News broke this week that sports journalist and Dancing with the Stars co-host Erin Andrews won a lawsuit over nude videos that were secretly and illegally recorded at a Marriott hotel in Nashville, Tennessee. According to NBC News, a jury awarded Andrews $55 million in her civil lawsuit against the owners of the hotel, and against Michael David Barrett, the man who had allegedly and secretly recorded nude videos of Andrews from a self-fashioned peephole in her room.
According to The Chicago Tribune, Barrett pleaded guilty to criminal charges of interstate stalking. He was sentenced to two and a half years in prison. This subsequent civil lawsuit was initiated by Andrews in order to receive compensation for the significant grievances she had reportedly suffered. While on the stand, Andrews testified to the ongoing emotional turmoil and depression that she's experienced as a result of the online distribution of the nude videos, which have been viewed by tens of millions. According to the Tribune, Andrews broke down in tears repeatedly during the deliberations. At one point, she described her experiences with constantly hearing about the video:
This happens every day of my life. Either I get a tweet or somebody makes a comment in the paper or somebody sends me a still video to my Twitter or someone screams it at me in the stands and I'm right back to this. I feel so embarrassed and I am so ashamed.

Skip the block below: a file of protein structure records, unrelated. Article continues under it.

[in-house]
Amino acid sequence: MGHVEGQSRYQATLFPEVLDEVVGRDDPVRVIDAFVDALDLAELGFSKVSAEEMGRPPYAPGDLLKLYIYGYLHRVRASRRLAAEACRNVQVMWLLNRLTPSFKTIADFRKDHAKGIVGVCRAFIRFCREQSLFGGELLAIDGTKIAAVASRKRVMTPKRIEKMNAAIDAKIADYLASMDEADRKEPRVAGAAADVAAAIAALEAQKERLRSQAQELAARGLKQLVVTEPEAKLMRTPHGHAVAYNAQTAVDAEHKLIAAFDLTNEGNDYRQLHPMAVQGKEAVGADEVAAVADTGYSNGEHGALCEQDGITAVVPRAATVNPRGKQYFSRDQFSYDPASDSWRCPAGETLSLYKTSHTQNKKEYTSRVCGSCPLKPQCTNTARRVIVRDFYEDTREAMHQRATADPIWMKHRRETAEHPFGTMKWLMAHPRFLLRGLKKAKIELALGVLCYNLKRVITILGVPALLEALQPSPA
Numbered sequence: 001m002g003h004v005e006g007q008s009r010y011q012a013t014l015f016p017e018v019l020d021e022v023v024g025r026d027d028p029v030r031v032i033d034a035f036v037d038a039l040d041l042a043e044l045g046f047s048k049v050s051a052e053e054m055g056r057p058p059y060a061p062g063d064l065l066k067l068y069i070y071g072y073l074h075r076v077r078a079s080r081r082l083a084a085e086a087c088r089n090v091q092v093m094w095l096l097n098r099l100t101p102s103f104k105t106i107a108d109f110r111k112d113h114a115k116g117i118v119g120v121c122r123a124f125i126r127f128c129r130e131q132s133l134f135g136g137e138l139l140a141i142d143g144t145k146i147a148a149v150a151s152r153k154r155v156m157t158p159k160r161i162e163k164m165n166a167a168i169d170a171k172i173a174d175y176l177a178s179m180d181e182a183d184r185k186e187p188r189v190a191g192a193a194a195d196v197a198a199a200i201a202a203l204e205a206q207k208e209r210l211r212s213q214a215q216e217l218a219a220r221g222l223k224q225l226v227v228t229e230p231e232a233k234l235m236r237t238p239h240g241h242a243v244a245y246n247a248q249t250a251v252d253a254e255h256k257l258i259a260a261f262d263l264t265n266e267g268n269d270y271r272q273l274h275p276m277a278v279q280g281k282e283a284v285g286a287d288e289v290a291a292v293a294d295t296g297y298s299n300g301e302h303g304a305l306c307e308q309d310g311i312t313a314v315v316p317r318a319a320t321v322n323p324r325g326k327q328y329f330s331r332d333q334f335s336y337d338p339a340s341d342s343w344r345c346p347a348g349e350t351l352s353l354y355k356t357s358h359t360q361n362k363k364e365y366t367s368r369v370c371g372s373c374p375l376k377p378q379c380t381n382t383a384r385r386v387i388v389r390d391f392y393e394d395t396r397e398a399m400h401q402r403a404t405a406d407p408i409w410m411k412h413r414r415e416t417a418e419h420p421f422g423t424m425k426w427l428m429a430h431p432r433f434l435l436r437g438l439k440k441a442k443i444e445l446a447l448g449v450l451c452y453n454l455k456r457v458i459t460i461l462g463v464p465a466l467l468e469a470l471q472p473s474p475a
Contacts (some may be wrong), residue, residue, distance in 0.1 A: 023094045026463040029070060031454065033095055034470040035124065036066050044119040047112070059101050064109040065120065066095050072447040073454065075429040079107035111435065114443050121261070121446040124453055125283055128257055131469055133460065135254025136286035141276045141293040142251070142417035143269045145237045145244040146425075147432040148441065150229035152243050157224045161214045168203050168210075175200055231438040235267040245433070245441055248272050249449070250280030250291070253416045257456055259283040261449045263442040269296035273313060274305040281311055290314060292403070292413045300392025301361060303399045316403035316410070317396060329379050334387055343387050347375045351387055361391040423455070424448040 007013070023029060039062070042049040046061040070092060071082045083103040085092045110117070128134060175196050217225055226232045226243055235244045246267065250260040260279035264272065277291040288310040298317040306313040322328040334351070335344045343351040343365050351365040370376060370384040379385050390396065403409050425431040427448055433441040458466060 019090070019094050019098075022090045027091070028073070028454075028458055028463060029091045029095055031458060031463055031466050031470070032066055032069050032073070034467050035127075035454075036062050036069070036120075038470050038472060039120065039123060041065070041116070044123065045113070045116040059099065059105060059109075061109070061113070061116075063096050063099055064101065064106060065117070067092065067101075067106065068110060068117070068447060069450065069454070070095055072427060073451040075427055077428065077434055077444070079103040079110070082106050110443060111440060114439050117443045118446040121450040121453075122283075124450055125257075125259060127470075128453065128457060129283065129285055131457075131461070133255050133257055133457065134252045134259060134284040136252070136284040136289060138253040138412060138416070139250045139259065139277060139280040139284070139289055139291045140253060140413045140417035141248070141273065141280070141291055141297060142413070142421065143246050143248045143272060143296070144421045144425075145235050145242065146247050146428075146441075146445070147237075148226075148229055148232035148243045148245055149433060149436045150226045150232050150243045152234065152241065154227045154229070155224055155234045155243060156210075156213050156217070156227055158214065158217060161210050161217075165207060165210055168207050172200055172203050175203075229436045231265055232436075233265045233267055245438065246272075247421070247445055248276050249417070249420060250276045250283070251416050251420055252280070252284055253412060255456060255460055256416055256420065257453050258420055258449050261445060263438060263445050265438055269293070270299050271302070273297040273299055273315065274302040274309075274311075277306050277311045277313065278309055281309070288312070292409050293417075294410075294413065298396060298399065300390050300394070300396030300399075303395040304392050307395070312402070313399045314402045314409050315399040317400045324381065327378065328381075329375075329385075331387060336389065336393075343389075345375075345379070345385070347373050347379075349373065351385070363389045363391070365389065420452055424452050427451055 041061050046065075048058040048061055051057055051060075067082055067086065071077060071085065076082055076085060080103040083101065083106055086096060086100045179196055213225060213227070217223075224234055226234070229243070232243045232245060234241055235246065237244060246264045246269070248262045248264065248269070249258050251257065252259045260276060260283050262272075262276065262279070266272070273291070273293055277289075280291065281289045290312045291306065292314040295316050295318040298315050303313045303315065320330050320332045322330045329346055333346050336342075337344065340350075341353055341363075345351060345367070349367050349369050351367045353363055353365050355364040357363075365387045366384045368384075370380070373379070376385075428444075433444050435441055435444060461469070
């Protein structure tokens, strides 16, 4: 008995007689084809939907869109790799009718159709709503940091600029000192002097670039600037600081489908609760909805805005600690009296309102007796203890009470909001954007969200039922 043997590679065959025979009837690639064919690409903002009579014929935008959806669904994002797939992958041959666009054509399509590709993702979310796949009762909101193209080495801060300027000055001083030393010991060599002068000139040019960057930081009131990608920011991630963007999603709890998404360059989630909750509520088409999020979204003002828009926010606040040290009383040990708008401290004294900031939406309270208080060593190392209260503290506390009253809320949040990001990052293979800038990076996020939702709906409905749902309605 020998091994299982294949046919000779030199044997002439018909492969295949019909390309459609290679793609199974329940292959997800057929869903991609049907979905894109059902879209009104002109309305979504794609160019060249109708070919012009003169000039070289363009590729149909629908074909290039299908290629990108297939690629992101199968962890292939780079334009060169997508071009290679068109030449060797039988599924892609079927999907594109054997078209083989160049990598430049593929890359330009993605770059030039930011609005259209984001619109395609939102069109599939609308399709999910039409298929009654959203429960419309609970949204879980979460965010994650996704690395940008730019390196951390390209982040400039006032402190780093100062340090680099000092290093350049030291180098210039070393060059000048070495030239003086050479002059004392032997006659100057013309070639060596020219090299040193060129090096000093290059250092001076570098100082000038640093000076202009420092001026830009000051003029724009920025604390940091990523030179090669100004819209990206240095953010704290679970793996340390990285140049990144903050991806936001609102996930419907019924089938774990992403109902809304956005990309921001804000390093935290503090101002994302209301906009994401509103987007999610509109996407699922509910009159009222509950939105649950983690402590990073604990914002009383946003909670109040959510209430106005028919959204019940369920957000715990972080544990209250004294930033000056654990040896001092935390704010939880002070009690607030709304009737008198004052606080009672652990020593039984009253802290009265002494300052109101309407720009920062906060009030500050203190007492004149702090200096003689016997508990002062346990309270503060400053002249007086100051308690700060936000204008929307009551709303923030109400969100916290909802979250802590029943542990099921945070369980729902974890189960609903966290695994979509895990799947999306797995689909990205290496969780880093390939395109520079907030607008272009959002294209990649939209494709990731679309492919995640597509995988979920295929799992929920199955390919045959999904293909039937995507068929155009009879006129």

The judge and jury determined that 51 percent of damages — about $28 million — should be paid by Barrett, and another 49 percent — about $27 million — should be paid by West End Hotel Partners and Windsor Capital Group, the hotel companies that owned and operated the Marriott where the crime took place. According to NBC News, Andrews' lawyers argued that the hotel was at fault for telling Barrett which room Andrews was staying in, and for not alerting Andrews that someone had specifically requested a room next to hers. Barrett took the cell phone footage by removing the peephole to Andrews' door.
The incident at the Nashville Marriott —which occurred eight years ago, when Andrews was 29 — wasn't the only time that Andrews' privacy was allegedly violated by Barrett. According to Salon, Barrett had reportedly followed Andrews to three cities, and filmed her in two of them. In a 2013 deposition, Barrett revealed that he shot the videos because he wanted to make money off of them. He chose Andrews because her name was trending on Yahoo at the time.
The Andrews case serves as yet another stark reminder of the myriad sufferings of women in the professional sphere everywhere. Andrews, though the victim of a crime, was herself scrutinized during the fallout of the video's release. According the The Washington Post, many accused Andrews of staging the video to gain exposure for her career. She was further criticized for telling her story on Oprah, and some cruelly hypothesized that exposure from the video landed her as a contestant on Season 10 of Dancing with the Stars.
According to ET, it came out during Andrews' testimony in this civil suit that these accusations were baseless — not that she needed to defend herself. Andrews specified that she was already being interviewed for Dancing with the Stars before the video leaked, and that ESPN, her employer at the time of the video's release, told Andrews that she needed to do a public interview about the video before returning to work—hence Oprah.
The only reason that Andrews testified about this in the first place is because the defense attorneys for the hotel companies actually argued that since Andrews' career benefitted from the video, she shouldn't be paid damages, according to The Washington Post.
Andrews has certainly seen a good deal of injustice in her life over the past several years, so hopefully this positive ending to the saga will help her find closure.